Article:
Consider the nature of the car — a private space amidst a public arena (the road). As Christians, we are called to traverse this public space with grace, humility and awareness. Our behavior is supposed to stand in contrast contrast to the pattern of the world, which is to generally look out for yourself. This is why many of us like to say that we are “in but not of” the world — a phrase derived from a passage in John where Jesus is praying for His disciples.

That’s the goal, anyway. But the reality too often is the exact opposite.

We mirror the world in our driving habits; we’re myopic and self-centered, lenient regarding our own failings but harshly critical about the failings of others.

Yet we often use our cars as a safe little cocoon where we can escape the oppressive rigor of modern life. Our Christian radio stations are there to drown out any vestiges of sound that may bleed into our sealed, climate-controlled interiors.

Thus, as we drive with little regard to others around us, we are of the world, without being emotionally present in it.

This is one of the true tragedies in the parable of the Good Samaritan. We’re all used to hearing accolades go to the Samaritan who helped out the victim, but that good deed happened only after the religious people, who are charged with the responsibility of helping others, passed right on through without a second glance. The priest and the Levite might have seen him, but they didn’t really see him.

Maybe it was because they were haughty and did not want to get into something messy and inconvenient. Maybe they were just moving too fast to stop and take notice. Maybe both.

One modern equivalent to this parable would be when marginalized people are displaced from their neighborhoods because of freeway expansion. It’s been happening for years. To those on the receiving end, it’s like a slap in the face. In both cases, the poor and victimized are shunted aside in favor of the upwardly mobile.

These are injustices. As Christians, we are called to care about them.

If more people outside the church are passionate about these issues than people inside the church, that’s a sad indictment against the state of the church in America. The extent that we fail in this arena is the extent to which we fail to learn the lesson of the good Samaritan.

Driving in the Spirit means, at least some of the time, we need to slow down enough to interact with our neighbors.

And like any other example of obedience to God, it also has a bonus side effect — safety on the road.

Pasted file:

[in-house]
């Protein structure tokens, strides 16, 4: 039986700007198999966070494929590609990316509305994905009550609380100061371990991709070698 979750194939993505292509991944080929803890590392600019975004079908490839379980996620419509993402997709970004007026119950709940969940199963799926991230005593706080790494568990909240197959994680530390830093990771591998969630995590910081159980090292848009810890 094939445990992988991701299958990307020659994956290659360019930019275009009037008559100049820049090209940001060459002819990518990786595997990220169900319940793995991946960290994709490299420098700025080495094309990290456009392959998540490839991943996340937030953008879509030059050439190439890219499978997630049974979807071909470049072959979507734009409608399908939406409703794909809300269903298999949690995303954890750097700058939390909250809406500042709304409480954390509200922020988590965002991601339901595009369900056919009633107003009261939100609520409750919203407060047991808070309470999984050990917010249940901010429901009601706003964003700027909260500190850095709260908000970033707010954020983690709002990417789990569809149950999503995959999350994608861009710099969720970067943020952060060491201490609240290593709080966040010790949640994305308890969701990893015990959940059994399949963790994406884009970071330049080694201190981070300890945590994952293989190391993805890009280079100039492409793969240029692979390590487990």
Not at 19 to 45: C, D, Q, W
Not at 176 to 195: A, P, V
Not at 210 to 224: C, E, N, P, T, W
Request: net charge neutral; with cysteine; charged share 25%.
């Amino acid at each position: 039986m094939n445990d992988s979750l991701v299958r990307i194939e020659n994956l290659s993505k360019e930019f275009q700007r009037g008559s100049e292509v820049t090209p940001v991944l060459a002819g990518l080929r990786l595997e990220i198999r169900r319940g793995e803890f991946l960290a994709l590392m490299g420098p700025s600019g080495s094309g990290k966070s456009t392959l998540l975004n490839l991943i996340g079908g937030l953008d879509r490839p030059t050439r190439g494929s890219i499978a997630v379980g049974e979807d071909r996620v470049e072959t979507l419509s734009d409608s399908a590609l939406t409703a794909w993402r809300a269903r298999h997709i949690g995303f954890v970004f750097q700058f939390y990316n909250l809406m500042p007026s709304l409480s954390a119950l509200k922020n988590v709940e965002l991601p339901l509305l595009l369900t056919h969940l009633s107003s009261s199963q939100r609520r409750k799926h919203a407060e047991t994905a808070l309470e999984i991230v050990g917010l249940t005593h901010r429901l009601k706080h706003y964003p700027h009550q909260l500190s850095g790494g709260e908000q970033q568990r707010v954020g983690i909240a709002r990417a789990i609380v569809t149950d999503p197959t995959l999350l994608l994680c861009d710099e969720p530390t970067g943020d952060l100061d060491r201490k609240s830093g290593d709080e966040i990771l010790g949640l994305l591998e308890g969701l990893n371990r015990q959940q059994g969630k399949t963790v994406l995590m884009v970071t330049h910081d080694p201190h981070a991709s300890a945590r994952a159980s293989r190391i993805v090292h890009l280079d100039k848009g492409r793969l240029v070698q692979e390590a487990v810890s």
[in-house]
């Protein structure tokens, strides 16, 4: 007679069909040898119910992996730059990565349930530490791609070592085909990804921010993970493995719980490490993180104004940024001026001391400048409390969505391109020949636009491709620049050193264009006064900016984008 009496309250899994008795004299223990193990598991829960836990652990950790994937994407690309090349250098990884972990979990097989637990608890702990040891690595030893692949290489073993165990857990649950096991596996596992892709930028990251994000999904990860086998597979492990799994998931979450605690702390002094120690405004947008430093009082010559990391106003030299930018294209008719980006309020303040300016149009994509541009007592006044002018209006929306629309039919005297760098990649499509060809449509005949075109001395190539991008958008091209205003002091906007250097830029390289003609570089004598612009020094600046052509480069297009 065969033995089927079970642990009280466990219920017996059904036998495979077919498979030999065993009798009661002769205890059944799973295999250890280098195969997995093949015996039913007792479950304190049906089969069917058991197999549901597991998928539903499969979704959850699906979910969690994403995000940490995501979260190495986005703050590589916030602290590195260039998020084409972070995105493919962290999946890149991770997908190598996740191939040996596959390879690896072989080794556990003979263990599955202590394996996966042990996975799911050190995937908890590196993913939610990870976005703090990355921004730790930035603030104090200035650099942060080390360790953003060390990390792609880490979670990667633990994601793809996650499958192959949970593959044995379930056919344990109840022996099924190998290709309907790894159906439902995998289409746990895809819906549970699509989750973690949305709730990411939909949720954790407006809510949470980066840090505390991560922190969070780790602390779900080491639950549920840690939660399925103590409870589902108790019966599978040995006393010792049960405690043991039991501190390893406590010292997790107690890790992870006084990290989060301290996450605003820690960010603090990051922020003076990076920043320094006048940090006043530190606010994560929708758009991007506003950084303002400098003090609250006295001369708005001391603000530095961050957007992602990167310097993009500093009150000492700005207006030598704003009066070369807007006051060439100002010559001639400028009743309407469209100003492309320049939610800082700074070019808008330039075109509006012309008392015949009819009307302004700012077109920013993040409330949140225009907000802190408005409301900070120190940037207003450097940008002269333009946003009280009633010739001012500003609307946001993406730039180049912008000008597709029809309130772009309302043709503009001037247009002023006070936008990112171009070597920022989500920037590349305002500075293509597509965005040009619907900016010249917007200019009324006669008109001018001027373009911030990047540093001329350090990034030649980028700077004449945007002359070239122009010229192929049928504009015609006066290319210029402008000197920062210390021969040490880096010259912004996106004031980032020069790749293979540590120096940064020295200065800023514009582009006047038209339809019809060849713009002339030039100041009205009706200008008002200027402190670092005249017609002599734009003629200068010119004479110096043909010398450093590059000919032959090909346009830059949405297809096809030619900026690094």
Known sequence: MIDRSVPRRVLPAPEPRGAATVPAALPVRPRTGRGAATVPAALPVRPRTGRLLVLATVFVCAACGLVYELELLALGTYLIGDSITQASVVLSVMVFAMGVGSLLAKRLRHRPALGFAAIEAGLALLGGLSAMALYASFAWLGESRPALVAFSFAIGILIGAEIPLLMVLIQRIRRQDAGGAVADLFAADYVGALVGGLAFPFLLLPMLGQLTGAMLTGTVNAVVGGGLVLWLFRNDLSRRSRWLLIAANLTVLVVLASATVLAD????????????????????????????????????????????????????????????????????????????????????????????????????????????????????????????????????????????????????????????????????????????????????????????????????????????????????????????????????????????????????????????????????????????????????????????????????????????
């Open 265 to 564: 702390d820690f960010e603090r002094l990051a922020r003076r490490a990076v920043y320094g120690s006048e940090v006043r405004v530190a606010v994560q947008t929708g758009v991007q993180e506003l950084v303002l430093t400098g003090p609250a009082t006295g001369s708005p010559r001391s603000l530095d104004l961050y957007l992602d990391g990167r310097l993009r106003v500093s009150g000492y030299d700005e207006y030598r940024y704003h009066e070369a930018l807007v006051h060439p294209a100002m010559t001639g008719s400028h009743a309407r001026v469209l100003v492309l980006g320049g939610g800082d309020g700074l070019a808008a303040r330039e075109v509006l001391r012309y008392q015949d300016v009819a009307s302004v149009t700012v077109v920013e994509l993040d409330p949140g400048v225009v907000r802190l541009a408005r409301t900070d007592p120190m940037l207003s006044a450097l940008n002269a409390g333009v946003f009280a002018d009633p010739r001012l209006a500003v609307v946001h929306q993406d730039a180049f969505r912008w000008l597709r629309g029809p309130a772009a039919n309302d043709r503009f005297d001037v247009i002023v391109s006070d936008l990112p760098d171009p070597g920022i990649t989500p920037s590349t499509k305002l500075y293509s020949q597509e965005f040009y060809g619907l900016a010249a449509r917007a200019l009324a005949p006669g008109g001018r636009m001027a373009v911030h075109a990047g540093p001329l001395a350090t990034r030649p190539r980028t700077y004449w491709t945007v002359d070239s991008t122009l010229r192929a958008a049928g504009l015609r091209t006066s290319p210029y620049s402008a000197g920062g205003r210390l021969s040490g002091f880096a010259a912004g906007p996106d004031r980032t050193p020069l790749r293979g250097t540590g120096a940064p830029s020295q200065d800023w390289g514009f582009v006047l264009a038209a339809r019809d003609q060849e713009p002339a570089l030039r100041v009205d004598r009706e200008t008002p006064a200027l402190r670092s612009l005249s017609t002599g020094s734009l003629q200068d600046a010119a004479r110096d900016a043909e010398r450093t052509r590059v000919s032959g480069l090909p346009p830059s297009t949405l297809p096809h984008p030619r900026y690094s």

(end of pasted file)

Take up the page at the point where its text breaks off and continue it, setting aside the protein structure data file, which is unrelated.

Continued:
It’s God’s version of traffic calming.

(See, who said the Bible isn’t relevant to everyday life?)

Rules Rule… Except When They Don’t

Now you’ll notice I said, “some of the time.” I didn’t say that being a Christian means you never drive over 20 mph, because if that were the case, a vast majority of Americans would be going to hell in a handbasket Honda, and fast. The fact is, there are some situations where driving 78 miles-per-hour would be less reckless than driving 20 — in the left lane of an interstate freeway, for example.

Then again, there are also certain situations where driving 20 mph in the left lane of a freeway is the safest thing you can do — like when you’re attempting to travel from Portland to Seattle and the rain and snowmelt leave several inches of standing water on the roadway, leading officials to eventually close off the freeway.

(And yes, I was on I-5 when they closed it off. It was annoying, a little bit scary, but quite redemptive. More on this later.)

So let me see if I’ve got it… you’re supposed to drive slow in general, except for when you’re on a freeway where you can drive fast, except for when it’s raining cats and dogs and then you should drive slow again?

No wonder people get in trouble on the road.

Often rules appear to be the solution, yet relying on rules only can be just as bad as ignoring them altogether.

Abiding traffic rules is not as simple as it seems, because rules are never supposed to be followed without interpretation, especially rules of the road. (This is why it’s so difficult to teach a robot how to drive.) Rules exist to guide us toward a particular way of action or existence. Attempting to follow each rule as it is written, without an understanding of the underlying principles involved, can end up creating outcomes that actually violate the spirit of the rule in the first place. (Hence this great scene from “Rain Man.”)

Things get even more complex when you add the human element.

People are unpredictable. Sometimes they follow rules, sometimes they don’t. Sometimes they have good reasons for not following the rules, and sometimes they don’t. The temptation, then, is to keep adding more rules and raising the ante of enforcement until the general populace will behave according to a pattern of manageable conformity.

The only problem is, this doesn’t work.